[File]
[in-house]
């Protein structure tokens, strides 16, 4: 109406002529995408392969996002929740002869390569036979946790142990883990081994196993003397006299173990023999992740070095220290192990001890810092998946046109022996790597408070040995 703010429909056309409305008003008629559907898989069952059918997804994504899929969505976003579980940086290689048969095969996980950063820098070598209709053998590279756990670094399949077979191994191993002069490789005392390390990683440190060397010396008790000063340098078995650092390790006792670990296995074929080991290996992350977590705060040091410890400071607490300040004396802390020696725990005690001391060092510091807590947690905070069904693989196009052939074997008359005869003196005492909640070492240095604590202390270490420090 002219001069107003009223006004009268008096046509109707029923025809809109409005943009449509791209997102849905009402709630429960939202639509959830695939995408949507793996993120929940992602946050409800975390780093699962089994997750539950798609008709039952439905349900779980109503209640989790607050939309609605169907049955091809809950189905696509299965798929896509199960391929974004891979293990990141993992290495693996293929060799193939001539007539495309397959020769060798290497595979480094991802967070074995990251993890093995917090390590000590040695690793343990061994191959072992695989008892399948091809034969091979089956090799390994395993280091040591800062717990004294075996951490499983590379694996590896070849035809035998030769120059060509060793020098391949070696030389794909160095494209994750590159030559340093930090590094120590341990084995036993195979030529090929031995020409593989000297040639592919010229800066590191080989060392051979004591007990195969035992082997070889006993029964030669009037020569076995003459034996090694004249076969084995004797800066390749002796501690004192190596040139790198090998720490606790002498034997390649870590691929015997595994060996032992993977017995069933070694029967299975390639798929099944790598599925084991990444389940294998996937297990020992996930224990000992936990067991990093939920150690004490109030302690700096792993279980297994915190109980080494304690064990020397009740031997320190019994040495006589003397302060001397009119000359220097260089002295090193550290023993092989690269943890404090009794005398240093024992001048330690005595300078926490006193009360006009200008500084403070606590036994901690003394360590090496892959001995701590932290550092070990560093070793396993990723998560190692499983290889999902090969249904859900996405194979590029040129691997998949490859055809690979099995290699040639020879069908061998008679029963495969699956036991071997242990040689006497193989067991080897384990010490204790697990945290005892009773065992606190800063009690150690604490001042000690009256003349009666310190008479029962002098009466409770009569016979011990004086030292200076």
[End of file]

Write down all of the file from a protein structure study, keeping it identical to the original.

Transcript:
[in-house]
């Protein structure tokens, strides 16, 4: 109406002529995408392969996002929740002869390569036979946790142990883990081994196993003397006299173990023999992740070095220290192990001890810092998946046109022996790597408070040995 703010429909056309409305008003008629559907898989069952059918997804994504899929969505976003579980940086290689048969095969996980950063820098070598209709053998590279756990670094399949077979191994191993002069490789005392390390990683440190060397010396008790000063340098078995650092390790006792670990296995074929080991290996992350977590705060040091410890400071607490300040004396802390020696725990005690001391060092510091807590947690905070069904693989196009052939074997008359005869003196005492909640070492240095604590202390270490420090 002219001069107003009223006004009268008096046509109707029923025809809109409005943009449509791209997102849905009402709630429960939202639509959830695939995408949507793996993120929940992602946050409800975390780093699962089994997750539950798609008709039952439905349900779980109503209640989790607050939309609605169907049955091809809950189905696509299965798929896509199960391929974004891979293990990141993992290495693996293929060799193939001539007539495309397959020769060798290497595979480094991802967070074995990251993890093995917090390590000590040695690793343990061994191959072992695989008892399948091809034969091979089956090799390994395993280091040591800062717990004294075996951490499983590379694996590896070849035809035998030769120059060509060793020098391949070696030389794909160095494209994750590159030559340093930090590094120590341990084995036993195979030529090929031995020409593989000297040639592919010229800066590191080989060392051979004591007990195969035992082997070889006993029964030669009037020569076995003459034996090694004249076969084995004797800066390749002796501690004192190596040139790198090998720490606790002498034997390649870590691929015997595994060996032992993977017995069933070694029967299975390639798929099944790598599925084991990444389940294998996937297990020992996930224990000992936990067991990093939920150690004490109030302690700096792993279980297994915190109980080494304690064990020397009740031997320190019994040495006589003397302060001397009119000359220097260089002295090193550290023993092989690269943890404090009794005398240093024992001048330690005595300078926490006193009360006009200008500084403070606590036994901690003394360590090496892959001995701590932290550092070990560093070793396993990723998560190692499983290889999902090969249904859900996405194979590029040129691997998949490859055809690979099995290699040639020879069908061998008679029963495969699956036991071997242990040689006497193989067991080897384990010490204790697990945290005892009773065992606190800063009690150690604490001042000690009256003349009666310190008479029962002098009466409770009569016979011990004086030292200076």